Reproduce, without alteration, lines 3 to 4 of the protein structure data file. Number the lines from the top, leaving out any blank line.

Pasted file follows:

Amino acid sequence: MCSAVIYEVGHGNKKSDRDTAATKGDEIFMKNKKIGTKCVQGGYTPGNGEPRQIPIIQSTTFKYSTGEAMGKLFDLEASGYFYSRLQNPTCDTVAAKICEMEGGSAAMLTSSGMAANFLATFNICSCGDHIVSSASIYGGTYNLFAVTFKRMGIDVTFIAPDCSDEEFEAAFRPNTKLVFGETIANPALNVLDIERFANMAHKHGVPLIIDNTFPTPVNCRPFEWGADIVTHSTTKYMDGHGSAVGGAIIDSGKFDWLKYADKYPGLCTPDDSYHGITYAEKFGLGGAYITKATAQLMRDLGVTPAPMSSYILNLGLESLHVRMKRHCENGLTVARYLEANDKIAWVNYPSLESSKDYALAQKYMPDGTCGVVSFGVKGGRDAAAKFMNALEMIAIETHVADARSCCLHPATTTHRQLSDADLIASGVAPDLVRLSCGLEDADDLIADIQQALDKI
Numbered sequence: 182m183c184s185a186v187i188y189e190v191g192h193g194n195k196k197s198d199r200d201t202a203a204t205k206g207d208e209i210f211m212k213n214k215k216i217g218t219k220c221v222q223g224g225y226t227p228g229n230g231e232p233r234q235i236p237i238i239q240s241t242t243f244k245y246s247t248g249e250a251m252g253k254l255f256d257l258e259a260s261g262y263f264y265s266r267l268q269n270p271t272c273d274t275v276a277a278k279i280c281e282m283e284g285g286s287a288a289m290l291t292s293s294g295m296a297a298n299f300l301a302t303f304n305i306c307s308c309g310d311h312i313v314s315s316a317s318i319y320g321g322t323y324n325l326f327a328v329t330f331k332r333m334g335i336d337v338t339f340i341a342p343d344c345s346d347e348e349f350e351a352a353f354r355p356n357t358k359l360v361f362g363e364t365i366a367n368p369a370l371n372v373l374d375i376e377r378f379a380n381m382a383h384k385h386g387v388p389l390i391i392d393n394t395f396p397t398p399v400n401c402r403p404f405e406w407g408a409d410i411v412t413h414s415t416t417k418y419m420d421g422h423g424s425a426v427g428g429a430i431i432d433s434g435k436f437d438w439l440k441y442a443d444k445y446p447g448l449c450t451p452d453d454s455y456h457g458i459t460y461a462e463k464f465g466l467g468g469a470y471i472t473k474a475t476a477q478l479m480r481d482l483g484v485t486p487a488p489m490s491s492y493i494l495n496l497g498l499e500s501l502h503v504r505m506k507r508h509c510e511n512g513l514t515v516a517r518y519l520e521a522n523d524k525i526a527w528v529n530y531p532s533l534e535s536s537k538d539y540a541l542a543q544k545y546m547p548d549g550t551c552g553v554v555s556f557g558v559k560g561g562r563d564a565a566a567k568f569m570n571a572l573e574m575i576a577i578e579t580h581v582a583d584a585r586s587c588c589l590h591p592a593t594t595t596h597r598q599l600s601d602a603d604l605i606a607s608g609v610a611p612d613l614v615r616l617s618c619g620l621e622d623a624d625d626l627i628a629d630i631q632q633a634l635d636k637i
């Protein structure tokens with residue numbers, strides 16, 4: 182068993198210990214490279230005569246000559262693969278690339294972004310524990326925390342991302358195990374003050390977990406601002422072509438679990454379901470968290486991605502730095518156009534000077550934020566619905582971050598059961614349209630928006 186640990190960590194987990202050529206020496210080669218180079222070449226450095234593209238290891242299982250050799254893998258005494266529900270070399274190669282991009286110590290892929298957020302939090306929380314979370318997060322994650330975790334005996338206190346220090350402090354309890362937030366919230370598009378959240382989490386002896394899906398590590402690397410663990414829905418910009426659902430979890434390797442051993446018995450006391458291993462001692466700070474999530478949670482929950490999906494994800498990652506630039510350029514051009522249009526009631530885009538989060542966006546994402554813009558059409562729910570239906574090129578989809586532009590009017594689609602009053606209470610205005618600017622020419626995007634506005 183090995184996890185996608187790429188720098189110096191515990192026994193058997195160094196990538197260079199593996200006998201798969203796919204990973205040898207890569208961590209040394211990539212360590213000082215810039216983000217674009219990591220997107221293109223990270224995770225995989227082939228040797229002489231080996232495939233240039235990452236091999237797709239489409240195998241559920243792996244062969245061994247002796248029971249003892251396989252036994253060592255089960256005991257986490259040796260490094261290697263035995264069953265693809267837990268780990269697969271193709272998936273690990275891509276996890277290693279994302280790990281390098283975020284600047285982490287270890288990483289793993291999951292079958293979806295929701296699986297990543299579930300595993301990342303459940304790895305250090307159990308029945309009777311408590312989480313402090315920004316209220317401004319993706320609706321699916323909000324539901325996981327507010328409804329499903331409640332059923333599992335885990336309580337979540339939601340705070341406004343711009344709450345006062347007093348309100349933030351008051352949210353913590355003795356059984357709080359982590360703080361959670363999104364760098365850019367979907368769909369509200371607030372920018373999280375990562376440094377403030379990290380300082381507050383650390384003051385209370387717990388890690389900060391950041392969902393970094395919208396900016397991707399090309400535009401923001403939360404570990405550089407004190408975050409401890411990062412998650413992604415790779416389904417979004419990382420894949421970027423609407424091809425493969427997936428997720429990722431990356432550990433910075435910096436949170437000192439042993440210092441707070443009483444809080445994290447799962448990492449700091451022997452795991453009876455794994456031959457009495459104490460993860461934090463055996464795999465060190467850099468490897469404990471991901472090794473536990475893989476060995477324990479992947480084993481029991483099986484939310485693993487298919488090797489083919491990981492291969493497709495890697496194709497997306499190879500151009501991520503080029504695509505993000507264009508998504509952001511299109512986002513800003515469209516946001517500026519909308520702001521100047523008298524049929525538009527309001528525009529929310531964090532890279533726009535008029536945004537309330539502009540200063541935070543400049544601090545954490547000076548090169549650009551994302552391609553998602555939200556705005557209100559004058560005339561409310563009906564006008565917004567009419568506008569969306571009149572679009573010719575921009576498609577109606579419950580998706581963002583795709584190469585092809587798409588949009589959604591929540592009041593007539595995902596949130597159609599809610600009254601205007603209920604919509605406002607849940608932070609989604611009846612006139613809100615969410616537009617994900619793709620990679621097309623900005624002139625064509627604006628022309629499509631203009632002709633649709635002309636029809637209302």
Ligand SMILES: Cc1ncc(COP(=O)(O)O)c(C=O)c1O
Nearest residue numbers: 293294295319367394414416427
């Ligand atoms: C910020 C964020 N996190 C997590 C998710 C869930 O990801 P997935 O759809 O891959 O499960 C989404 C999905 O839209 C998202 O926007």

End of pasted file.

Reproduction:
């Protein structure tokens with residue numbers, strides 16, 4: 182068993198210990214490279230005569246000559262693969278690339294972004310524990326925390342991302358195990374003050390977990406601002422072509438679990454379901470968290486991605502730095518156009534000077550934020566619905582971050598059961614349209630928006 186640990190960590194987990202050529206020496210080669218180079222070449226450095234593209238290891242299982250050799254893998258005494266529900270070399274190669282991009286110590290892929298957020302939090306929380314979370318997060322994650330975790334005996338206190346220090350402090354309890362937030366919230370598009378959240382989490386002896394899906398590590402690397410663990414829905418910009426659902430979890434390797442051993446018995450006391458291993462001692466700070474999530478949670482929950490999906494994800498990652506630039510350029514051009522249009526009631530885009538989060542966006546994402554813009558059409562729910570239906574090129578989809586532009590009017594689609602009053606209470610205005618600017622020419626995007634506005 183090995184996890185996608187790429188720098189110096191515990192026994193058997195160094196990538197260079199593996200006998201798969203796919204990973205040898207890569208961590209040394211990539212360590213000082215810039216983000217674009219990591220997107221293109223990270224995770225995989227082939228040797229002489231080996232495939233240039235990452236091999237797709239489409240195998241559920243792996244062969245061994247002796248029971249003892251396989252036994253060592255089960256005991257986490259040796260490094261290697263035995264069953265693809267837990268780990269697969271193709272998936273690990275891509276996890277290693279994302280790990281390098283975020284600047285982490287270890288990483289793993291999951292079958293979806295929701296699986297990543299579930300595993301990342303459940304790895305250090307159990308029945309009777311408590312989480313402090315920004316209220317401004319993706320609706321699916323909000324539901325996981327507010328409804329499903331409640332059923333599992335885990336309580337979540339939601340705070341406004343711009344709450345006062347007093348309100349933030351008051352949210353913590355003795356059984357709080359982590360703080361959670363999104364760098365850019367979907368769909369509200371607030372920018373999280375990562376440094377403030379990290380300082381507050383650390384003051385209370387717990388890690389900060391950041392969902393970094395919208396900016397991707399090309400535009401923001403939360404570990405550089407004190408975050409401890411990062412998650413992604415790779416389904417979004419990382420894949421970027423609407424091809425493969427997936428997720429990722431990356432550990433910075435910096436949170437000192439042993440210092441707070443009483444809080445994290447799962448990492449700091451022997452795991453009876455794994456031959457009495459104490460993860461934090463055996464795999465060190467850099468490897469404990471991901472090794473536990475893989476060995477324990479992947480084993481029991483099986484939310485693993487298919488090797489083919491990981492291969493497709495890697496194709497997306499190879500151009501991520503080029504695509505993000507264009508998504509952001511299109512986002513800003515469209516946001517500026519909308520702001521100047523008298524049929525538009527309001528525009529929310531964090532890279533726009535008029536945004537309330539502009540200063541935070543400049544601090545954490547000076548090169549650009551994302552391609553998602555939200556705005557209100559004058560005339561409310563009906564006008565917004567009419568506008569969306571009149572679009573010719575921009576498609577109606579419950580998706581963002583795709584190469585092809587798409588949009589959604591929540592009041593007539595995902596949130597159609599809610600009254601205007603209920604919509605406002607849940608932070609989604611009846612006139613809100615969410616537009617994900619793709620990679621097309623900005624002139625064509627604006628022309629499509631203009632002709633649709635002309636029809637209302």
Ligand SMILES: Cc1ncc(COP(=O)(O)O)c(C=O)c1O